PR Horror a la Czech: Spokeswoman Fired for Not Securing Authorization

Many things aren’t as professional as they could be in the Czech PR. Yet, one thing goes constantly beyond the limit – the issue of article authorization prior to publication. Today it culminated with the news on the firing of Pavla Kopecka, spokeswoman of the Czech Ministry of Interior, because she failed to secure authorization for an interview given by police chief Petr Lessy to the daily Pravo prior to publication.

The outcome went apparently bad, fueling political tensions between Lessy and Jan Kubice, the minister of interior. While both Lessy and Kubice are still in office, Kopecka had to leave in shame for doing her job. And that’s very wrong.

No normal journalist who respects himself and his profession would ever agree to provide a source with authorization prior to publishing an article. The fact that authorization is a common practice in the Czech Republic comes, in my view, from the conflict-avoiding nature of local reporters, topped in many cases by passing responsibility onto sources or by sheer laziness to check facts by themselves. But authorization is not common everywhere, and is not all right. You don’t ask your surgeon to see the outcome of your belly surgery prior to closing the wound; that’s because you trust your surgeon and you think he knows what he’s doing. Many would argue that the level of professionalism of Czech reporters has gone brutally down for the last few years, and that’s the reason why authorization is needed. Usually, this is nothing but a poor excuse coming from a PR advisor who either didn’t brief the client properly prior to the media encounter, or didn’t bother to gain enough authority with the client so that the client would take his advice seriously. Whenever a CEO or a PR advisor comes with a demand to see an article prior to publication, usually it says something about their level of professionalism. It says: stay away from such people.

It’s a matter of pride

As a company leader, you don’t ask for authorization when you believe in what you say and you know it’s the truth. As a reporter, you don’t provide authorization when you know you do your job well. It’s a matter of pride. Authorization is nothing but the manifestation of a biased relationship where everyone massages everyone else’s shoulders, reporters pretend they have some content and CEOs pretend they have media coverage, when in fact we are talking about hidden advertising. And that’s very wrong. Here is the reason: when people stop believing in the truth of the media, they won’t buy it anymore, and when they don’t buy it, the medium goes bust and you, dear CEOs, won’t have a channel to carry your words, good or bad, to the public next time you want to talk. This is the reason why in 2009 we forbade authorizations at Czech Business Weekly, in an attempt to make reporters responsible for their work and sources responsible for what came out of their mouth.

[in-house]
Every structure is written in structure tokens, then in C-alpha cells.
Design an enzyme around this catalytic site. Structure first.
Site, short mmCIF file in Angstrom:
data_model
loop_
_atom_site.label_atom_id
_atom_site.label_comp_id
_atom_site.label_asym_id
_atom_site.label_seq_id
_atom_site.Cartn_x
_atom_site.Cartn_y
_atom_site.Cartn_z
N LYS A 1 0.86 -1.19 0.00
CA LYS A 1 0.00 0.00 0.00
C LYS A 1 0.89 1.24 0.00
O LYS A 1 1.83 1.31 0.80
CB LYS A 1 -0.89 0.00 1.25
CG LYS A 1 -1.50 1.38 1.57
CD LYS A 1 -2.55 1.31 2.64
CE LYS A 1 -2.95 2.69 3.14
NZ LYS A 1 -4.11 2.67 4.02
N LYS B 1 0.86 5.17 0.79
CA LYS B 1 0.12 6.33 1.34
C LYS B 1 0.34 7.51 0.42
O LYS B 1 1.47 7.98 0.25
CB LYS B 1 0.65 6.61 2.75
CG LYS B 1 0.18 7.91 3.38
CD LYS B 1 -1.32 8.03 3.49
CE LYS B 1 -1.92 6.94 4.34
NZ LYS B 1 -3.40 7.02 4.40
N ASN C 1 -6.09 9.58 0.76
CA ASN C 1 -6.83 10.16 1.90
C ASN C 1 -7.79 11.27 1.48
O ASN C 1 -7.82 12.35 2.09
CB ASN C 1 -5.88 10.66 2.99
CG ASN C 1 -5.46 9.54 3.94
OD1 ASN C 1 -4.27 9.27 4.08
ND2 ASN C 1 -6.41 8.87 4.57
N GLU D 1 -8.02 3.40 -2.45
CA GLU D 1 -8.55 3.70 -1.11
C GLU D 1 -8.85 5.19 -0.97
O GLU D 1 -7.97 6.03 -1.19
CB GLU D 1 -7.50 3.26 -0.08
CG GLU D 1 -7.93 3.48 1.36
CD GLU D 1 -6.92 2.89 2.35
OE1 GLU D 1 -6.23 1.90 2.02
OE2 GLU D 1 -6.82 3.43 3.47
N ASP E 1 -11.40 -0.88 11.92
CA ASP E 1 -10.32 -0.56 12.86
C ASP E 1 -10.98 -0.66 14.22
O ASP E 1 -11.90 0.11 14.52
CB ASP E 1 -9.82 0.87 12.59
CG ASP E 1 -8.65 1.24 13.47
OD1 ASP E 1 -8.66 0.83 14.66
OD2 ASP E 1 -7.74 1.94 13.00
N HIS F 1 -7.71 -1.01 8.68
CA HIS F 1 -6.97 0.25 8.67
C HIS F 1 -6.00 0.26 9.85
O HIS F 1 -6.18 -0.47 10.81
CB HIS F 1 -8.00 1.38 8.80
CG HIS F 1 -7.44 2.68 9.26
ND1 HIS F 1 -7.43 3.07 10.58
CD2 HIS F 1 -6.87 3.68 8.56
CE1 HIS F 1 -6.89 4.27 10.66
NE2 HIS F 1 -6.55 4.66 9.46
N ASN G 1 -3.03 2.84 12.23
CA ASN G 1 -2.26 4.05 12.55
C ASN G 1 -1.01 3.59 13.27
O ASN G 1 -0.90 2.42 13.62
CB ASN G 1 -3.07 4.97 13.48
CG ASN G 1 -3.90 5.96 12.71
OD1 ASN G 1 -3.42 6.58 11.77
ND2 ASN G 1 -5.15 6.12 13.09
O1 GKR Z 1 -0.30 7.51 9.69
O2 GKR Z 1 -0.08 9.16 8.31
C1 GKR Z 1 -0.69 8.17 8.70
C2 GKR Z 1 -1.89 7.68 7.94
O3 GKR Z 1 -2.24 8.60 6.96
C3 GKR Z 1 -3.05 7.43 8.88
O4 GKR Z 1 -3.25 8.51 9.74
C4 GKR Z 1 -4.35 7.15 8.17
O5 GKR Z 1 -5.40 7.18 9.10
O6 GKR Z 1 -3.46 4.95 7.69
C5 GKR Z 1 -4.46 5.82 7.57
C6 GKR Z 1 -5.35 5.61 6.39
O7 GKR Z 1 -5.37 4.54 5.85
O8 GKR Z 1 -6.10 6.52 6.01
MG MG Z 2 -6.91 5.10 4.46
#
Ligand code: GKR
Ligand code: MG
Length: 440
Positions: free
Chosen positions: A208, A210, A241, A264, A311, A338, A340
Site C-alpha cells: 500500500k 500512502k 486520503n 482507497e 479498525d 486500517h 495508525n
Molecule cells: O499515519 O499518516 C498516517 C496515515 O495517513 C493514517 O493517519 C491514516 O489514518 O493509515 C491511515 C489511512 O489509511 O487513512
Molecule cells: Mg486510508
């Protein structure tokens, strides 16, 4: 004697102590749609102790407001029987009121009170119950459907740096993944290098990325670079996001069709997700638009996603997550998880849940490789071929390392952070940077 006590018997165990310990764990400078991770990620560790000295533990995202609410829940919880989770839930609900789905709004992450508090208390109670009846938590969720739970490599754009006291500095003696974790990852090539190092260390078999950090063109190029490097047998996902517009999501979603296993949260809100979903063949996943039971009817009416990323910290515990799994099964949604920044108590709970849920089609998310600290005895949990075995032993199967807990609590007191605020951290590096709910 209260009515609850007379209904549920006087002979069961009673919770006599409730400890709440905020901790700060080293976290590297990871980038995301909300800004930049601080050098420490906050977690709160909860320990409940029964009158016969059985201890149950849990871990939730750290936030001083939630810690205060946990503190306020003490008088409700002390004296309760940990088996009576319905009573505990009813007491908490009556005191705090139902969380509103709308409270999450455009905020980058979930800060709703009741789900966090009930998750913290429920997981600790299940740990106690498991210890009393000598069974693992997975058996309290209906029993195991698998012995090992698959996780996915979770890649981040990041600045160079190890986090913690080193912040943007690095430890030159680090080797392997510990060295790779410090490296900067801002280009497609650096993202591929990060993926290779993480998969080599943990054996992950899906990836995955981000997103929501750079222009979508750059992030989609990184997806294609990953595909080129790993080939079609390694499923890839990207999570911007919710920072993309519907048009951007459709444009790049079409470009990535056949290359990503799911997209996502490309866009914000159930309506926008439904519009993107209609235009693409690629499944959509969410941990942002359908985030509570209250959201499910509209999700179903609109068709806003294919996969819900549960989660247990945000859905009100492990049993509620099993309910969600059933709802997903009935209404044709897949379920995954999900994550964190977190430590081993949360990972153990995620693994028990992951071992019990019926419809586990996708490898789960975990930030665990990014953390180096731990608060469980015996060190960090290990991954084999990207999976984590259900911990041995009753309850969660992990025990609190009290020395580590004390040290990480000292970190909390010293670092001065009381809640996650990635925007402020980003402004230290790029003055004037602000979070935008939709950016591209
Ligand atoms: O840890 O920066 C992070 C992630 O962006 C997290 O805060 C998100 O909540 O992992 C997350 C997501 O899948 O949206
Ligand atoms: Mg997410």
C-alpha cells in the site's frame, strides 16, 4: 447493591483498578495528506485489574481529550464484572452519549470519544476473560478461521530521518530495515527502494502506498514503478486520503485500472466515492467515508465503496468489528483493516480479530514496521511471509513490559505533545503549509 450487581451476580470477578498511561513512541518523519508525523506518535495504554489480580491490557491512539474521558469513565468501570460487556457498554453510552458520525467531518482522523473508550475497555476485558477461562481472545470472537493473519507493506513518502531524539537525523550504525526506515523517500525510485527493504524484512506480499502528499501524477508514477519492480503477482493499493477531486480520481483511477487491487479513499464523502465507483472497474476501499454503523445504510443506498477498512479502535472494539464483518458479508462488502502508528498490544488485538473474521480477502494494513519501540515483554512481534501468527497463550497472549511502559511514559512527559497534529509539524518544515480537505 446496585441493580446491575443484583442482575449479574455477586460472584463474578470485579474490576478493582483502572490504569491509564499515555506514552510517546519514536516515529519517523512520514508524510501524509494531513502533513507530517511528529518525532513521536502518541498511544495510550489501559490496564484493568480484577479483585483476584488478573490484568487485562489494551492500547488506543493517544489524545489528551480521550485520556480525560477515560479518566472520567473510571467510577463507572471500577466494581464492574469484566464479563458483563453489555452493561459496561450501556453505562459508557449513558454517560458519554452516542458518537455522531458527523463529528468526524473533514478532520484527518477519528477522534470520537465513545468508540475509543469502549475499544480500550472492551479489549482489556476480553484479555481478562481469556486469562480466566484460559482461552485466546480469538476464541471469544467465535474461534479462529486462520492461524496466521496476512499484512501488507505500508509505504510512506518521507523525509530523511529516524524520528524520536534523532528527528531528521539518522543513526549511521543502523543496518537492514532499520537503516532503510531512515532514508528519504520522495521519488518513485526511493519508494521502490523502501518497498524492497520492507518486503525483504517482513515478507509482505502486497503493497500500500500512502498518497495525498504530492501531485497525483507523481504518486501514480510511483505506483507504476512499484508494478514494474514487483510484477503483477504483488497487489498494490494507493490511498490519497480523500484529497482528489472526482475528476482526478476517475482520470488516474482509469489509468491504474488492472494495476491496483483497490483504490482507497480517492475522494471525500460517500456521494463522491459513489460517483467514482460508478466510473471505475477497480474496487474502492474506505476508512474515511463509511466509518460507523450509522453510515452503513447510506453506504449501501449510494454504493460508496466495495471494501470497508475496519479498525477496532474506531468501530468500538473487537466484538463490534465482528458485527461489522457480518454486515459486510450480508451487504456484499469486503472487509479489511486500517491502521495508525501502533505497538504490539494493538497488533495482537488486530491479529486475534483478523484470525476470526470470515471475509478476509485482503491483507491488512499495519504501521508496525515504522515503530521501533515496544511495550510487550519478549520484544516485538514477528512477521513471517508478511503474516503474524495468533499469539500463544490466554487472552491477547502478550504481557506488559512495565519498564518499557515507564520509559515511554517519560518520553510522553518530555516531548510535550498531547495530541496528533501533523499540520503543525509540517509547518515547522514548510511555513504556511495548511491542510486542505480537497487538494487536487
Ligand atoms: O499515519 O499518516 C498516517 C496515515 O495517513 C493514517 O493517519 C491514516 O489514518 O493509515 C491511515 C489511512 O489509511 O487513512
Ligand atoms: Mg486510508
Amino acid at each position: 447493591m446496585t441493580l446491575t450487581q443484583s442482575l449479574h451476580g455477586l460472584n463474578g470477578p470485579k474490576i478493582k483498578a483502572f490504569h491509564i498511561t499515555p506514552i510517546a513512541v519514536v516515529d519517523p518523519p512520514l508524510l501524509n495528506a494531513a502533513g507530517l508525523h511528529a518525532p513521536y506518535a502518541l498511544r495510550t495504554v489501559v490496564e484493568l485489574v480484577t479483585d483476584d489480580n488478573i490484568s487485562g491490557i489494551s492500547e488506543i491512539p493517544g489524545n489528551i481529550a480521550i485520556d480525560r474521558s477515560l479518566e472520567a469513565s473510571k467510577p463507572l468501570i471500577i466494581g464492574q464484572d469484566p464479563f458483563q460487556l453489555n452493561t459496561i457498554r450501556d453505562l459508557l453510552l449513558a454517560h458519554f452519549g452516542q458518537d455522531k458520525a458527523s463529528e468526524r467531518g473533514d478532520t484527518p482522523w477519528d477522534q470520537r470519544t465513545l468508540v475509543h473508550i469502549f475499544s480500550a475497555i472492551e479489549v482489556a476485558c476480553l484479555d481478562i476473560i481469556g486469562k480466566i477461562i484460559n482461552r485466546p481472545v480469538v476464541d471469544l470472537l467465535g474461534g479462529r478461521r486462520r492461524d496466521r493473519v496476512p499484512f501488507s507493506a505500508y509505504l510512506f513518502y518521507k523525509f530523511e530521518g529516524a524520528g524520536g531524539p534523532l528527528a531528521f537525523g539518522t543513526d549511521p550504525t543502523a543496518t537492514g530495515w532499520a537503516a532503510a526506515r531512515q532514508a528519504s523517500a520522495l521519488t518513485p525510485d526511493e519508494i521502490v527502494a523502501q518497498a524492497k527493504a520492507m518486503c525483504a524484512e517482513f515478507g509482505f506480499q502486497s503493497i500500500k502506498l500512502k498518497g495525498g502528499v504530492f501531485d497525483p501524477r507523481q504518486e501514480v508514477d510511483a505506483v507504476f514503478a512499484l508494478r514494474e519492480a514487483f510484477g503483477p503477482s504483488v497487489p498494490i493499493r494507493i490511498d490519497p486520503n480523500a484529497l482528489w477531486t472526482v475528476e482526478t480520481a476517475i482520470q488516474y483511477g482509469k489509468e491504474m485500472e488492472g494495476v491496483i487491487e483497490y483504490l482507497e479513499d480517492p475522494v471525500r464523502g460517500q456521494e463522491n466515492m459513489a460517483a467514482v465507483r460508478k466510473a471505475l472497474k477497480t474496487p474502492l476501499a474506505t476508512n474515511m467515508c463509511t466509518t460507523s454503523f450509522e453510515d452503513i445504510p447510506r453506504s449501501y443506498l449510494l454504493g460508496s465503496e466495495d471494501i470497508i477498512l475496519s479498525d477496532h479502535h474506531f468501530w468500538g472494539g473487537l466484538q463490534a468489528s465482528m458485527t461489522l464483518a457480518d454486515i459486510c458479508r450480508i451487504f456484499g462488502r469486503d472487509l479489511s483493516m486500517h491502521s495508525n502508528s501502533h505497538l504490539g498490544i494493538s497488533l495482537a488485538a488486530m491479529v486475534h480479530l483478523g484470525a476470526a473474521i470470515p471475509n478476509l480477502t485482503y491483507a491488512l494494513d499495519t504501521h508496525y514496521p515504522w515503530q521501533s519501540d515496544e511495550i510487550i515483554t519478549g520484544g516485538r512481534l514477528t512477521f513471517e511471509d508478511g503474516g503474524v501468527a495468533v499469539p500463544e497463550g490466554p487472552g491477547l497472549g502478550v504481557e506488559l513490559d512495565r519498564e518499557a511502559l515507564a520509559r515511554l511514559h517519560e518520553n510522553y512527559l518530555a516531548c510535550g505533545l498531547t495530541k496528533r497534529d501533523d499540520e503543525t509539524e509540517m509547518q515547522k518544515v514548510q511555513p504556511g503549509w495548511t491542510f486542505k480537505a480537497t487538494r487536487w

I don’t know why Pavla Kopecka didn’t secure authorization for Lessy’s interview. If this was because the Pravo reporter declined to provide her with authorization, my respect goes to the journalist. If she didn’t secure it because she didn’t ask for it and she trusted that her boss knew what he was doing, my respect goes to her. Most probably Lessy knew what he was doing, and Kopecka fell in the middle of a dirty political war. With her firing on account of not securing an interview authorization prior to publication the professionality of the Czech PR industry got a big kick in the back. I am curious about the reaction of professional bodies like APRA and the PR Klub to this situation. Because it is not interview authorization or the lack of it that is responsible for the untrustworthy image of the leaders at the Ministry of Interior; it’s because they communicate poorly, arrogantly, unpredictably and let themselves driven by big egos and hidden political agendas.

For this reason it should have been Lessy and Kubice who should have left, and not Kopecka, the spokeswoman.

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The best way to gain, retain, and restore your critical distance as a woman CEO is to have a faithful guide, thought partner, and inspiring challenger by your side. This is what I am for women CEOs. If you are facing major developments in your business or in your career this year, we should talk. Please book or have your assistant book a no-strings-attached free 30-minute CEO exploration call with me; we will get to know each other and I will be thrilled to spot how I could be of your service in 2024 and beyond.
Cristina Muntean
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Let's Talk

The best way to gain, retain, and restore your critical distance as a woman CEO is to have a faithful guide, thought partner, and inspiring challenger by your side. This is what I am for women CEOs. If you are facing major developments in your business or in your career this year, we should talk. Please book or have your assistant book a no-strings-attached free 30-minute CEO exploration call with me; we will get to know each other and I will be thrilled to spot how I could be of your service in 2024 and beyond.